You’ve worked for Congressman Mike Honda and Assmeblymember Evan Low and interned at the Asian Pacific Islander Capitol Association in Sacramento, so you interacted with some of the leading Asian Americans in California politics. Asian Americans are often critiqued for having low voter turnout and lacking political and civic engagement. Have you found that to be true? Can we activate the Asian American community? 

I think voter turnout has improved over the years as with every community of color. I will say though; the activism is kind of split. Broadly speaking, the older folks tend to be more conservative and they will turn out, especially in my community, for issues related to education and marijuana. The younger crowd tend to gravitate towards social justice issues like gentrification. 

Our community has a generational divide. Especially in East Asian cultures, we have a Confucian mentality that teaches us to respect the older folks. They always know what's right.

I identify as a progressive young API person and sometimes when speaking to the elders you have to navigate that mentality while at the same time trying to convince them to see it your way. 

As you just mentioned, you identify as a progressive. Progressive word is thrown around so often nowadays. In your own words, how do you define progressive?

When I say I am a progressive Democrat, it means I am fighting for a government that actually reflects the ordinary people and that is actually run by ordinary people. I am against super big corporations that virtually control our government. 


“I think you should vote for a power that rests in the hands of ordinary people, not just people who have the time and ability to do politics.”

I think you should vote for a power that rests in the hands of ordinary people, not just people who have the time and ability to do politics. I'm fighting for things like voting rights for people who are incarcerated, voting rights for all residents regardless of immigration status. There's a lot of immigrants here who are very active in the community including undocumented immigrants, people who have green cards, or people at varying levels in the process. They’re active business leaders or community leaders, and they deserve at least the minimum of a vote. 

It’s also fighting for things like social housing, which we don't have a strong history of in this country, compared to countries in Europe and Asia where government takes a very active role in building and maintaining housing. We should get to a point where affordable housing isn't at the mercy of private developers. I’m all about trying to get to a level where we have more public ownership of things the public needs and not just people who have big pay and small boardrooms. I want things that actually belong to us as a people as a collective. And that's what I mean by progressive.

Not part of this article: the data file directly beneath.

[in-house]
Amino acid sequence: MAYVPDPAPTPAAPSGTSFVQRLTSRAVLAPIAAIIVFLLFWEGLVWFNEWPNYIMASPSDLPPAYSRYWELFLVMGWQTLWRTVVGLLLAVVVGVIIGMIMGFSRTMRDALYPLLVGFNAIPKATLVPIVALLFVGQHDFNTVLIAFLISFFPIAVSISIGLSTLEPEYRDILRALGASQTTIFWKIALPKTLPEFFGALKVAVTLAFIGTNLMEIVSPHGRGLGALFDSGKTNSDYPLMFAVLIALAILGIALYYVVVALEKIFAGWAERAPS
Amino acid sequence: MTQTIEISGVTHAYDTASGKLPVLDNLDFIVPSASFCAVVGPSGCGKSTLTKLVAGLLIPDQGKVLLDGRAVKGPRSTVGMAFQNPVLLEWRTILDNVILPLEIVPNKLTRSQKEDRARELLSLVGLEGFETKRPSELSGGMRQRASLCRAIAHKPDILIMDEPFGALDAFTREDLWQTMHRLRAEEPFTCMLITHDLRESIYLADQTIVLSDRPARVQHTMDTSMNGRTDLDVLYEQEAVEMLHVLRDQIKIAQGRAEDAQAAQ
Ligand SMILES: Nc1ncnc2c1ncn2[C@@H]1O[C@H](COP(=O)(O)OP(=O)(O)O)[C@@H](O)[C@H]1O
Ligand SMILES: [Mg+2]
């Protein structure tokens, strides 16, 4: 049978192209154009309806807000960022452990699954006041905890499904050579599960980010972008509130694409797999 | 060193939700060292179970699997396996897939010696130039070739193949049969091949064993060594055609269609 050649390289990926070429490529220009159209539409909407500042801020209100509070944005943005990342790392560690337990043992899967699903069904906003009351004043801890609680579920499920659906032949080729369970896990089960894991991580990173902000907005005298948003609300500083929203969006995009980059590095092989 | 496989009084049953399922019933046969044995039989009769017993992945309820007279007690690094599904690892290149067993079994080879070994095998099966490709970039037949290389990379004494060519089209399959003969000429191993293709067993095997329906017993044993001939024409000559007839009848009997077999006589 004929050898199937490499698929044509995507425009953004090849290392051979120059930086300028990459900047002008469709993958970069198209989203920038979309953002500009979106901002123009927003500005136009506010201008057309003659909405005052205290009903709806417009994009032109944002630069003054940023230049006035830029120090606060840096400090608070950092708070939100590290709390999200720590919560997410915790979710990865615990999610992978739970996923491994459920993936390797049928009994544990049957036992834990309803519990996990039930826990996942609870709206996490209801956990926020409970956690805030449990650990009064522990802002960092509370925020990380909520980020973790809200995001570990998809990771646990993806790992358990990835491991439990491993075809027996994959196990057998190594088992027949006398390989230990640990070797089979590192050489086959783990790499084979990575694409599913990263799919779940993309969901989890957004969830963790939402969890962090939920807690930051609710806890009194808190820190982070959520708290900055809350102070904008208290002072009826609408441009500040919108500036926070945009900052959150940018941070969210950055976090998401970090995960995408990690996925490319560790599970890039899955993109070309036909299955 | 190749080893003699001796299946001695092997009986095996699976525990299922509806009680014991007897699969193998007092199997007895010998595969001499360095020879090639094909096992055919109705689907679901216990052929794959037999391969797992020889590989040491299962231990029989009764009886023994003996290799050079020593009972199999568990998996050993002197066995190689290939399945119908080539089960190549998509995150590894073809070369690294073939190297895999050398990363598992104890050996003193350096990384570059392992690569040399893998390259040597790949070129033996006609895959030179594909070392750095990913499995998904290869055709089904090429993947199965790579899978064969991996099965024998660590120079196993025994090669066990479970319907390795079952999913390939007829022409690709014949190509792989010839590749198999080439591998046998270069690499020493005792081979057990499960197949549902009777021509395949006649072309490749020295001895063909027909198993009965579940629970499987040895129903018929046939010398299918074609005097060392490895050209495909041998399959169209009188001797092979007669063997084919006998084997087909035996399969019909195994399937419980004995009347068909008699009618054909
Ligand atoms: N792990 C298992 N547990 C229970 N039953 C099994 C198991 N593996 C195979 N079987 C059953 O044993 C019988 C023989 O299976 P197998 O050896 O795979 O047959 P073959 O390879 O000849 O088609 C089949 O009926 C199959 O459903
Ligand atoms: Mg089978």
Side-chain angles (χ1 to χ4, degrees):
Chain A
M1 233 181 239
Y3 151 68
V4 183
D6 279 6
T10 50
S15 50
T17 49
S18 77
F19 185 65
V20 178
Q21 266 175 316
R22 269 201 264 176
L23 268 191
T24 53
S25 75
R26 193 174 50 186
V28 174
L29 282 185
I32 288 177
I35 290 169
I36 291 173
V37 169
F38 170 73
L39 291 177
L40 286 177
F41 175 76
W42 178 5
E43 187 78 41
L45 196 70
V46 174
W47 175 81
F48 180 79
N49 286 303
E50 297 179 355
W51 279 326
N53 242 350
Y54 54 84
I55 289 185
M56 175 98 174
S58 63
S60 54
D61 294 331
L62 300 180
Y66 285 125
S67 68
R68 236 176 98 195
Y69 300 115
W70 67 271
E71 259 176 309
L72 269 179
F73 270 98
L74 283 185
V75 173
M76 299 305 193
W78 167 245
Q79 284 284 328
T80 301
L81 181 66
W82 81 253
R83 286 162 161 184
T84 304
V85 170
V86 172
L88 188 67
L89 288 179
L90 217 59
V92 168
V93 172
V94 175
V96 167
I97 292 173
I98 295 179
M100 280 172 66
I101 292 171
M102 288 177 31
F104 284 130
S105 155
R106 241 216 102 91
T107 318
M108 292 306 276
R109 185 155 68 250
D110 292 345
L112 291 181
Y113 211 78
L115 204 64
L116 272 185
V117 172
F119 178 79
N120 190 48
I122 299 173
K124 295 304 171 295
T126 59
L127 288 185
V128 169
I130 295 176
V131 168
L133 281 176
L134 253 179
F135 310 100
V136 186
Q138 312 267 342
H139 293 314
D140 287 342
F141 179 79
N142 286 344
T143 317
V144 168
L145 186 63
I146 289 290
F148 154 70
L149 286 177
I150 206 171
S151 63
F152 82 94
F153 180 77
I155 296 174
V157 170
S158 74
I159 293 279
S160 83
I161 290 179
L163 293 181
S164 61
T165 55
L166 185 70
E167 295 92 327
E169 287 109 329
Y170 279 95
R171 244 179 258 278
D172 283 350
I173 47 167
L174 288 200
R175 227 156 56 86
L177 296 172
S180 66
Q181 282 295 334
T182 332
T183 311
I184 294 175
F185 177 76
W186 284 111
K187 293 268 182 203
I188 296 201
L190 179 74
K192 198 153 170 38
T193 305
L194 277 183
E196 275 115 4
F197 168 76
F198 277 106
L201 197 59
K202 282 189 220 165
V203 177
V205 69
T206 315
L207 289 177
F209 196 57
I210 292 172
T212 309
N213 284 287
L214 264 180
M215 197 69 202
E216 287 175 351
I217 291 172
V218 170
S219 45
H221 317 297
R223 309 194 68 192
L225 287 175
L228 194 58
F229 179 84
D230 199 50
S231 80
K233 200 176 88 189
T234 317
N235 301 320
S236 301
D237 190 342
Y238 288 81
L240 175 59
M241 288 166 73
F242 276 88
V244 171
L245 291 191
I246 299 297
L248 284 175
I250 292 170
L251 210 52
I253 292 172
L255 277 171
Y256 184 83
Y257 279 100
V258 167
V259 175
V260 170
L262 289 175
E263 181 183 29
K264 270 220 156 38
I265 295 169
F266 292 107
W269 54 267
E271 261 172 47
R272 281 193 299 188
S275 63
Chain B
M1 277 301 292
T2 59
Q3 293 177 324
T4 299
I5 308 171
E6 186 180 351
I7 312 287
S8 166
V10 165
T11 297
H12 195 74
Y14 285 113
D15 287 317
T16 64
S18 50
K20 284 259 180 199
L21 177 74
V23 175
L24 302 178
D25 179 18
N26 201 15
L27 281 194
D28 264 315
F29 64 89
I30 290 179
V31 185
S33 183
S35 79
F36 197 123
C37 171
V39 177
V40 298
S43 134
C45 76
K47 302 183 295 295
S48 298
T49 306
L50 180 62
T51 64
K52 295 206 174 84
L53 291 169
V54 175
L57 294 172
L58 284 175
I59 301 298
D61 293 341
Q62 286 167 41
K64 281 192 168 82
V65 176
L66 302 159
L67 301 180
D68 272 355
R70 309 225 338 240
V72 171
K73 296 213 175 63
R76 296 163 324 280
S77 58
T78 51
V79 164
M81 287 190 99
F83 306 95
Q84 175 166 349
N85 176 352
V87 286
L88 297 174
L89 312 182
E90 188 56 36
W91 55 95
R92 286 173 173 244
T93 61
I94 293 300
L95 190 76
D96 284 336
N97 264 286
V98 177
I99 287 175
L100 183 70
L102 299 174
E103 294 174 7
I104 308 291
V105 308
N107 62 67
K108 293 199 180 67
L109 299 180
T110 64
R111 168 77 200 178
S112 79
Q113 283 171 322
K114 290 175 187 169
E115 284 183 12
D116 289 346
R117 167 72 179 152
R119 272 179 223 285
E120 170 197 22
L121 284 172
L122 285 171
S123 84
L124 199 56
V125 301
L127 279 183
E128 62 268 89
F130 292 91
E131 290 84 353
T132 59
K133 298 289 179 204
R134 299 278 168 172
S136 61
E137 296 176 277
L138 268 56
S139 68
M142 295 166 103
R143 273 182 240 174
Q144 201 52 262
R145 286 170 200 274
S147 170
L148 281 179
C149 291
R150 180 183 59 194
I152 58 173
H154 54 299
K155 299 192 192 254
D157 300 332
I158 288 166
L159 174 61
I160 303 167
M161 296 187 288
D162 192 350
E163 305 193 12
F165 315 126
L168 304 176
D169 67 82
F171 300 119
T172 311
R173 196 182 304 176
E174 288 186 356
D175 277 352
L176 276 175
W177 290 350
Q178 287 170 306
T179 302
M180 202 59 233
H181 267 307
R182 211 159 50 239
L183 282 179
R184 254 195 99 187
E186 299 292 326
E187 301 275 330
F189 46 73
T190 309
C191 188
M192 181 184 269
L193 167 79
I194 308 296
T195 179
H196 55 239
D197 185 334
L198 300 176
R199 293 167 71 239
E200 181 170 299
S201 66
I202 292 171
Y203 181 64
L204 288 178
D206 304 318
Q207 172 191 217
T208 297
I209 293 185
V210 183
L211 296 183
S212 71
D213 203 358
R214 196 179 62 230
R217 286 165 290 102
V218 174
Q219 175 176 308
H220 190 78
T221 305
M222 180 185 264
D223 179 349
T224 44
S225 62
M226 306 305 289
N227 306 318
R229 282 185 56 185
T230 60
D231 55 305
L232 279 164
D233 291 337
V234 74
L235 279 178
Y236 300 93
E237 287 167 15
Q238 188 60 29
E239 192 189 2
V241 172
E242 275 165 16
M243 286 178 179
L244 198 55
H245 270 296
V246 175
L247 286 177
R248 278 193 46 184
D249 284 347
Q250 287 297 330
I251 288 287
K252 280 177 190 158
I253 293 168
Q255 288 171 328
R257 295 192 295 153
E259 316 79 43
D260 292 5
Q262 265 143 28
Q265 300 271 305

Do you feel people have doubted you in this race because of your age?

People definitely doubted me for my age. There's been a very spectrum of reactions. There's certainly older folks, like council members or electeds who give me side-eye when I say I'm running. And then some people  think it’s terrific.

“The why is in your community, the why is why you want to do this. I think it makes you shine through and you will stand a real fighting chance.”

I'm already knocking doors and 75% of the time, people will say, ‘Wow, you're the young candidate running? You're the person on the flyer!” Then when I talked to them about the issues and why it matters to me they get really impressed. A lot of people believe it’s time for a new generation leadership. I think people want that kind of refreshing outlook and perspective and option to choose someone who knows what they're talking about and has the energy to do so. 

What is the best piece of advice you would give to another young Dem who's considering that run for office

You know, it's a ripple effect, right? I would always encourage them to go for it and do what you can. Remember the ground game, knocking on doors and talking to real voters is the most important piece. So many people will tell you it's about money or endorsements.

But if you work hard, and really remember the why. The why is in your community, the why is why you want to do this. I think it makes you shine through and you will stand a real fighting chance. 

If you don't let any other stuff distract you, the voters will know it and understand it. They will choose the right leader. If your heart is in the right place, you're going to get there. And if you're ready to work your butt off, then you can do it.

The views expressed in this interview are those of the candidate, and do not reflect the beliefs and views of Ballot Breakers or its staff.

Lacy Wright